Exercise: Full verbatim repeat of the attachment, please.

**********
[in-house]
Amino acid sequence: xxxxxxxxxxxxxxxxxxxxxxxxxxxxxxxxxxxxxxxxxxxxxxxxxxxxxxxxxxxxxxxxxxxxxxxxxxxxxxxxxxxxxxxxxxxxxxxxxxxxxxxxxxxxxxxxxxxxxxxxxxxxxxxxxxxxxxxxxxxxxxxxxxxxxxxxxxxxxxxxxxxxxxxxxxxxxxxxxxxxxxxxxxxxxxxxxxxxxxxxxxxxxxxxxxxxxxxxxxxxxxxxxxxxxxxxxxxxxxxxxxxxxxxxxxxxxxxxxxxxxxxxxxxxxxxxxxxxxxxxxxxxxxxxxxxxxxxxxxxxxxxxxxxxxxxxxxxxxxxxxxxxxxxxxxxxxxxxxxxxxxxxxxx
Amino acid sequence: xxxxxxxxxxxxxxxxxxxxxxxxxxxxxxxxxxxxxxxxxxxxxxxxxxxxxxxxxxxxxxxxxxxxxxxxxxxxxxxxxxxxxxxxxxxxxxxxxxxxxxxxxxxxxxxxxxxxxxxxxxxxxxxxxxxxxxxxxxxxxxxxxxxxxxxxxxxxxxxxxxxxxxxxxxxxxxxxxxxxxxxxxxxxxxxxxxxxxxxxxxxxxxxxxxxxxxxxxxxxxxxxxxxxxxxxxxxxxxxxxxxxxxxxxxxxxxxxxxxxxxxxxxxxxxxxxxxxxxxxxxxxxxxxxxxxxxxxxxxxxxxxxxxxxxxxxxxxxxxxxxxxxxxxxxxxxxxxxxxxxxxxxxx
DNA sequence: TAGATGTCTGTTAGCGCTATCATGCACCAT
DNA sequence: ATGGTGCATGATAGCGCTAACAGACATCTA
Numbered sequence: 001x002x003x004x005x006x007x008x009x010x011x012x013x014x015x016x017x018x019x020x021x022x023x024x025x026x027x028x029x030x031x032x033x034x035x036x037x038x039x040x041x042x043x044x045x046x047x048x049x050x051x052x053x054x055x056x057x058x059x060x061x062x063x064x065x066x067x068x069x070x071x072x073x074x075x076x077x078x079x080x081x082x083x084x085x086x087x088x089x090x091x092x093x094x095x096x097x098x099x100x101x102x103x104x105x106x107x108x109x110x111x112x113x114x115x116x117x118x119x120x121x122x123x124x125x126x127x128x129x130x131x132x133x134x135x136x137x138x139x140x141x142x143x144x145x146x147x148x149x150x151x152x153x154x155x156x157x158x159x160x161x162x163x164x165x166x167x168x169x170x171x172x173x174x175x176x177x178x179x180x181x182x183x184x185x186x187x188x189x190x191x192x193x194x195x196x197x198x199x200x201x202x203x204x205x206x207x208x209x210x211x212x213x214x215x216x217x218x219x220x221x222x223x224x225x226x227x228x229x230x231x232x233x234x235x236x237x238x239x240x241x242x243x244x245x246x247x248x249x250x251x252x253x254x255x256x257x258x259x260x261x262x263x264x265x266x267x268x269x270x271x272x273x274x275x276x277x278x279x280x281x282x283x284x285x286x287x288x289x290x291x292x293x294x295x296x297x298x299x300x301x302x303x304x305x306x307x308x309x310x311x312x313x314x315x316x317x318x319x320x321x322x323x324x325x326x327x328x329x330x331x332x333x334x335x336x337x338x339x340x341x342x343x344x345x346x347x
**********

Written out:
[in-house]
Amino acid sequence: xxxxxxxxxxxxxxxxxxxxxxxxxxxxxxxxxxxxxxxxxxxxxxxxxxxxxxxxxxxxxxxxxxxxxxxxxxxxxxxxxxxxxxxxxxxxxxxxxxxxxxxxxxxxxxxxxxxxxxxxxxxxxxxxxxxxxxxxxxxxxxxxxxxxxxxxxxxxxxxxxxxxxxxxxxxxxxxxxxxxxxxxxxxxxxxxxxxxxxxxxxxxxxxxxxxxxxxxxxxxxxxxxxxxxxxxxxxxxxxxxxxxxxxxxxxxxxxxxxxxxxxxxxxxxxxxxxxxxxxxxxxxxxxxxxxxxxxxxxxxxxxxxxxxxxxxxxxxxxxxxxxxxxxxxxxxxxxxxxxxxxxxxxx
Amino acid sequence: xxxxxxxxxxxxxxxxxxxxxxxxxxxxxxxxxxxxxxxxxxxxxxxxxxxxxxxxxxxxxxxxxxxxxxxxxxxxxxxxxxxxxxxxxxxxxxxxxxxxxxxxxxxxxxxxxxxxxxxxxxxxxxxxxxxxxxxxxxxxxxxxxxxxxxxxxxxxxxxxxxxxxxxxxxxxxxxxxxxxxxxxxxxxxxxxxxxxxxxxxxxxxxxxxxxxxxxxxxxxxxxxxxxxxxxxxxxxxxxxxxxxxxxxxxxxxxxxxxxxxxxxxxxxxxxxxxxxxxxxxxxxxxxxxxxxxxxxxxxxxxxxxxxxxxxxxxxxxxxxxxxxxxxxxxxxxxxxxxxxxxxxxxx
DNA sequence: TAGATGTCTGTTAGCGCTATCATGCACCAT
DNA sequence: ATGGTGCATGATAGCGCTAACAGACATCTA
Numbered sequence: 001x002x003x004x005x006x007x008x009x010x011x012x013x014x015x016x017x018x019x020x021x022x023x024x025x026x027x028x029x030x031x032x033x034x035x036x037x038x039x040x041x042x043x044x045x046x047x048x049x050x051x052x053x054x055x056x057x058x059x060x061x062x063x064x065x066x067x068x069x070x071x072x073x074x075x076x077x078x079x080x081x082x083x084x085x086x087x088x089x090x091x092x093x094x095x096x097x098x099x100x101x102x103x104x105x106x107x108x109x110x111x112x113x114x115x116x117x118x119x120x121x122x123x124x125x126x127x128x129x130x131x132x133x134x135x136x137x138x139x140x141x142x143x144x145x146x147x148x149x150x151x152x153x154x155x156x157x158x159x160x161x162x163x164x165x166x167x168x169x170x171x172x173x174x175x176x177x178x179x180x181x182x183x184x185x186x187x188x189x190x191x192x193x194x195x196x197x198x199x200x201x202x203x204x205x206x207x208x209x210x211x212x213x214x215x216x217x218x219x220x221x222x223x224x225x226x227x228x229x230x231x232x233x234x235x236x237x238x239x240x241x242x243x244x245x246x247x248x249x250x251x252x253x254x255x256x257x258x259x260x261x262x263x264x265x266x267x268x269x270x271x272x273x274x275x276x277x278x279x280x281x282x283x284x285x286x287x288x289x290x291x292x293x294x295x296x297x298x299x300x301x302x303x304x305x306x307x308x309x310x311x312x313x314x315x316x317x318x319x320x321x322x323x324x325x326x327x328x329x330x331x332x333x334x335x336x337x338x339x340x341x342x343x344x345x346x347x